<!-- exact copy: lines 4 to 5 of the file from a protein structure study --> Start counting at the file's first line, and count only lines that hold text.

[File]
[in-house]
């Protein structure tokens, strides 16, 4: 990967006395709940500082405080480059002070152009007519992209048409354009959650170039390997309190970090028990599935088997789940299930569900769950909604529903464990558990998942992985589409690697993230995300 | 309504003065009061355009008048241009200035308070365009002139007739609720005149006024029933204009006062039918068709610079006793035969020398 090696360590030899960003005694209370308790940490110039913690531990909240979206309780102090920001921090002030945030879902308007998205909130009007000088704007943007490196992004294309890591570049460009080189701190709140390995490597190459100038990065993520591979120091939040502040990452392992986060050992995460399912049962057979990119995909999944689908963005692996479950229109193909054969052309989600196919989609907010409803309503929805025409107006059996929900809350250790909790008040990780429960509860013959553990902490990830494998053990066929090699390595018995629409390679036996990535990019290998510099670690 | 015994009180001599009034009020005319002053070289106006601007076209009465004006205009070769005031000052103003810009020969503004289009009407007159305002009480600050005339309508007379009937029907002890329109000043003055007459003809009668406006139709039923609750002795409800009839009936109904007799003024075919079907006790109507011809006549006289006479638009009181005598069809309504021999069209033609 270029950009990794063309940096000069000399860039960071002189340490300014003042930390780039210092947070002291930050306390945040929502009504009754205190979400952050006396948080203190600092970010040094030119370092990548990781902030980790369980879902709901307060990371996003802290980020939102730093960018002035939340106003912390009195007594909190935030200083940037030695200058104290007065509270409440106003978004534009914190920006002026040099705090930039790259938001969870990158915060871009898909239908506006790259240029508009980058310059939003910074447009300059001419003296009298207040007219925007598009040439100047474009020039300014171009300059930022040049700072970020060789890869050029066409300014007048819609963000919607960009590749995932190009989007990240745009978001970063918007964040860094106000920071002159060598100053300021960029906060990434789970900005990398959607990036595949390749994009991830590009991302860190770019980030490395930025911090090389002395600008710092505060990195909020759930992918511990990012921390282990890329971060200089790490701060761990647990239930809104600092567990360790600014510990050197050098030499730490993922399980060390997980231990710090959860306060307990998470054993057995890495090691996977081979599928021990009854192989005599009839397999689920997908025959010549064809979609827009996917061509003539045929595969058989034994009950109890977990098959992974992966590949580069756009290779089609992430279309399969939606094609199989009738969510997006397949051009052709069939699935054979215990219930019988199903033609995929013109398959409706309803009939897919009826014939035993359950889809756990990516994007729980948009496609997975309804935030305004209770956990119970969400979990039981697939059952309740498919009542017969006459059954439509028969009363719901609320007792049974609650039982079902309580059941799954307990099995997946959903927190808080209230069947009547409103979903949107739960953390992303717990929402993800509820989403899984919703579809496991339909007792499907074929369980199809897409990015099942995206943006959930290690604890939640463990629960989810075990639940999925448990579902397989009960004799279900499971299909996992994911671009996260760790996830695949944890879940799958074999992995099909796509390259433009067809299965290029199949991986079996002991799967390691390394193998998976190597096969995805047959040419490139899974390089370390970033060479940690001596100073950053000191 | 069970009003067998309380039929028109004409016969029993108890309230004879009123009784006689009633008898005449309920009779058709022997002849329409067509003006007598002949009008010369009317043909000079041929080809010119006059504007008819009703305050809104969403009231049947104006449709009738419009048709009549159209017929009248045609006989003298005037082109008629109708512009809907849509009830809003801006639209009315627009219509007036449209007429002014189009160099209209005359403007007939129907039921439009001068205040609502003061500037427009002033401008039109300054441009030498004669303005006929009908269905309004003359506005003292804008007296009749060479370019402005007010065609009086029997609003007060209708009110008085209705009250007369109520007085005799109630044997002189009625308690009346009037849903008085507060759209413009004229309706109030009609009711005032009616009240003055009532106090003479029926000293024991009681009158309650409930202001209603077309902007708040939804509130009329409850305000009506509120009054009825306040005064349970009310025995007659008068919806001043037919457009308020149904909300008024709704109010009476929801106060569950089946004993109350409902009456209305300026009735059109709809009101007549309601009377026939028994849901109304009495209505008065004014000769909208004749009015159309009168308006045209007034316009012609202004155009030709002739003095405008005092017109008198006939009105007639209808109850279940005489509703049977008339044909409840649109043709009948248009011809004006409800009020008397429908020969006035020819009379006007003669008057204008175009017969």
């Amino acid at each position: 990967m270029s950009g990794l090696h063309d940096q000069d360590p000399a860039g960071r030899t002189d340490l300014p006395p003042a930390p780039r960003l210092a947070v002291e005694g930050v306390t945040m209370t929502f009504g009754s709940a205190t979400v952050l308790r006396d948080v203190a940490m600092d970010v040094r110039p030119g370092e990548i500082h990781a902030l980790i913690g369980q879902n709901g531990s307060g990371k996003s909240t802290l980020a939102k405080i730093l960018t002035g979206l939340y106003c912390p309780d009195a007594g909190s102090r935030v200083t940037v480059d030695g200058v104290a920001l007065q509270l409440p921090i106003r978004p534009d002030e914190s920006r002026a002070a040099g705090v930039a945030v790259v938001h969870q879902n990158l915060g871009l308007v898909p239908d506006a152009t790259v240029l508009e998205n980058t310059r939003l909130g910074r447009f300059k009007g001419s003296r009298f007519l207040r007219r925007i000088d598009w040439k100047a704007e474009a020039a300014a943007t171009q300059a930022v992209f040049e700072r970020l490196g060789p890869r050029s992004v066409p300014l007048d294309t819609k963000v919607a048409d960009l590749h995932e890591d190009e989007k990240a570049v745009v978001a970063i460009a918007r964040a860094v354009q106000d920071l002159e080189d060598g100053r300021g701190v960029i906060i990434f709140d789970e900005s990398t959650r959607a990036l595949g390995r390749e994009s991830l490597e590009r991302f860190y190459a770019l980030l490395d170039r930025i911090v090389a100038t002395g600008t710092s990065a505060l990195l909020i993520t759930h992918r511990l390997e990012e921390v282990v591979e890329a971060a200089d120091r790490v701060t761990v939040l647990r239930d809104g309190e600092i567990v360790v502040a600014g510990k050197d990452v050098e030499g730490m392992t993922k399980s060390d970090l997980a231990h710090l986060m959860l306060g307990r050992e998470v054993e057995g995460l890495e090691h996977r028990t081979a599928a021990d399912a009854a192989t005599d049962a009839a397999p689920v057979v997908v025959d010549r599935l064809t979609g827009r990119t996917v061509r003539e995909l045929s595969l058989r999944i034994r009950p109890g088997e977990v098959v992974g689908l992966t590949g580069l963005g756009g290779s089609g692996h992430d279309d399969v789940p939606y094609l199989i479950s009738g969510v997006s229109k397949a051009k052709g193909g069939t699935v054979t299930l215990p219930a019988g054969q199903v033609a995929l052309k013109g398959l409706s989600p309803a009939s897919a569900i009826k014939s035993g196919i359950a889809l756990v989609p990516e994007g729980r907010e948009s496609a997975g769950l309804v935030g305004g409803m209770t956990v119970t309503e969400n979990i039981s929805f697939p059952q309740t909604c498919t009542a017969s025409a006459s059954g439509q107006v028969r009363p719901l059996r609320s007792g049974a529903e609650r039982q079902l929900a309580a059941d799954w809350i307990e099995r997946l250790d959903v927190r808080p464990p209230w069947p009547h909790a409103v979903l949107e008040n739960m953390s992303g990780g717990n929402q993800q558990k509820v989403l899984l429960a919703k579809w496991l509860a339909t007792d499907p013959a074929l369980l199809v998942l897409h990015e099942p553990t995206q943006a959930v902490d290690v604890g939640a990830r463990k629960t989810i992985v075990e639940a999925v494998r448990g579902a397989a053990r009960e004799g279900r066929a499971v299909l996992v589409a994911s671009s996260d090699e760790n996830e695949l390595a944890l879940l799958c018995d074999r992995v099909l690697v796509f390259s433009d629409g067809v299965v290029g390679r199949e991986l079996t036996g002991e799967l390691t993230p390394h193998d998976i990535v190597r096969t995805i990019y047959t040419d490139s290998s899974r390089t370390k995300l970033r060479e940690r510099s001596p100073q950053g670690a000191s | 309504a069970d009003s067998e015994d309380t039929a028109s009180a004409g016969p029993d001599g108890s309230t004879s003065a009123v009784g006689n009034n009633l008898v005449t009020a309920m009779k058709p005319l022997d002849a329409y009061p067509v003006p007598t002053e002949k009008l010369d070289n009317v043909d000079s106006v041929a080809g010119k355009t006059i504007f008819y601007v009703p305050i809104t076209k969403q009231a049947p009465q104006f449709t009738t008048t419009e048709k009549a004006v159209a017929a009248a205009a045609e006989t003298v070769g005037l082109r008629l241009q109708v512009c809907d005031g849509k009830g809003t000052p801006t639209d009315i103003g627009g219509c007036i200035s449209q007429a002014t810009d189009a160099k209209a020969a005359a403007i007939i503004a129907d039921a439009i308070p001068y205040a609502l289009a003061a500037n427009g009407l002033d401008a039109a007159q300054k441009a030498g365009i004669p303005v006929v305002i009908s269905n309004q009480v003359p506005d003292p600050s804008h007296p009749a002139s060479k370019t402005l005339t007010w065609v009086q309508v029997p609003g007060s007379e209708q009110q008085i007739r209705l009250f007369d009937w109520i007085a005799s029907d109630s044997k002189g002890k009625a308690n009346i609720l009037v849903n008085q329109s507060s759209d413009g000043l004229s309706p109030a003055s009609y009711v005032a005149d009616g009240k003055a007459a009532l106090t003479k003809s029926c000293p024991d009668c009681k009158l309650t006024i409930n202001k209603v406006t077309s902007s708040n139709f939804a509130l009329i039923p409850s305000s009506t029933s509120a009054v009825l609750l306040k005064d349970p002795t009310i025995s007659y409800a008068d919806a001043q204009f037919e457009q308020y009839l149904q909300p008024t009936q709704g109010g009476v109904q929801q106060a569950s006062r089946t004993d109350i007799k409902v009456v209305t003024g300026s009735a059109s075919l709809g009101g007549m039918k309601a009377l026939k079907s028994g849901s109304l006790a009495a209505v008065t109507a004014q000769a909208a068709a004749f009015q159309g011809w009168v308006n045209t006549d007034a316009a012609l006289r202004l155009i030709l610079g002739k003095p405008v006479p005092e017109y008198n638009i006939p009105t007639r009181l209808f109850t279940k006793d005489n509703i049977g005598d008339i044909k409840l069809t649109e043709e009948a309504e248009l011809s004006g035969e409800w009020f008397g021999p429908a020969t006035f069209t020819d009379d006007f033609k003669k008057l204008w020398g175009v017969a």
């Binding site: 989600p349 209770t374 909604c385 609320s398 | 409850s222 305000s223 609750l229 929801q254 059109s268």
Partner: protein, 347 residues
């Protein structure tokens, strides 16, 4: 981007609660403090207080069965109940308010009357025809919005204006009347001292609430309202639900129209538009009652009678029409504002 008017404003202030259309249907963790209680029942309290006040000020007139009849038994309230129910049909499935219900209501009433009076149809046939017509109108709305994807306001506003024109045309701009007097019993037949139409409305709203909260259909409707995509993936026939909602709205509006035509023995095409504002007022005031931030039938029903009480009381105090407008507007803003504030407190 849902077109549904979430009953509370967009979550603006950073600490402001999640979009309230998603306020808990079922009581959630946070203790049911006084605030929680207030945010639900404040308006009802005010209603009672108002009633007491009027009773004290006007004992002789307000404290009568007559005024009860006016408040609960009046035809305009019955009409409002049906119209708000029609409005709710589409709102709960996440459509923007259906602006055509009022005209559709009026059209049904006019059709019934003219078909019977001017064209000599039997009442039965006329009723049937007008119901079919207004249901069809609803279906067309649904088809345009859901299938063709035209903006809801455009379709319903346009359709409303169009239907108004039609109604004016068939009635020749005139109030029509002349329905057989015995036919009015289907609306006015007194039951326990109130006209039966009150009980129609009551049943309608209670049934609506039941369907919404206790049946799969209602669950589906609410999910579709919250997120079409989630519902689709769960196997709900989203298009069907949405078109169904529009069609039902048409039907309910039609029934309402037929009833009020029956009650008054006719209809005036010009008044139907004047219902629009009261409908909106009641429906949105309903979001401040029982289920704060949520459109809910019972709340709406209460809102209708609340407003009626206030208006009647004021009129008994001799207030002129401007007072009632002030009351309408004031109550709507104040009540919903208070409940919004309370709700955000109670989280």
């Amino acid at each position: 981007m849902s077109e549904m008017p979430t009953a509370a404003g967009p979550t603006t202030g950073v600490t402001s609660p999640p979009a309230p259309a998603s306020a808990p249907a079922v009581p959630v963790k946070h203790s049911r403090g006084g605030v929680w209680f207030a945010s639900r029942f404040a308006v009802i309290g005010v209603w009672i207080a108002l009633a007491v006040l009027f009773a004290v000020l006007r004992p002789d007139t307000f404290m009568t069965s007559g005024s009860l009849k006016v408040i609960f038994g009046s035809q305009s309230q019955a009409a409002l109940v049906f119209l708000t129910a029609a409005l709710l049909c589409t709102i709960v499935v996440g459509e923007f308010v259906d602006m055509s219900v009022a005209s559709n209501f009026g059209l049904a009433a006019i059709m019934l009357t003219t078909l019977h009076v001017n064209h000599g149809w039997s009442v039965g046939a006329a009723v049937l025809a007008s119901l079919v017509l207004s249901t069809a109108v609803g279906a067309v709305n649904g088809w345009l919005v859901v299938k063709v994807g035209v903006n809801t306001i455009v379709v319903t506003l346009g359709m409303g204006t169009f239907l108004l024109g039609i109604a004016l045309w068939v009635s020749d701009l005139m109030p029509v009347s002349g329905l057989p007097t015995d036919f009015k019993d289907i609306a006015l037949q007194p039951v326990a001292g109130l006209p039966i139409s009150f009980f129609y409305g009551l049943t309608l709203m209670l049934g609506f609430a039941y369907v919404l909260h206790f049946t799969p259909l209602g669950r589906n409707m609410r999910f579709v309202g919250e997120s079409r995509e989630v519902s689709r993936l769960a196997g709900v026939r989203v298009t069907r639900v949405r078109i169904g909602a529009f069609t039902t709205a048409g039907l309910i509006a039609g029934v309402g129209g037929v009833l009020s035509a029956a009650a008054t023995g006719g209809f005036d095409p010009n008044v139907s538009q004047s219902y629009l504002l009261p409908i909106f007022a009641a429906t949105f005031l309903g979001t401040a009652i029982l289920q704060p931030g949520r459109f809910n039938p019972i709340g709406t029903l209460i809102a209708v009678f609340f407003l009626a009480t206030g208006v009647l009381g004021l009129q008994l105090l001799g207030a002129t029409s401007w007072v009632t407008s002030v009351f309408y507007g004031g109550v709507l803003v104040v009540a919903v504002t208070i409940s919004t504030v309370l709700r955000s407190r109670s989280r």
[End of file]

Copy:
């Binding site: 989600p349 209770t374 909604c385 609320s398 | 409850s222 305000s223 609750l229 929801q254 059109s268």
Partner: protein, 347 residues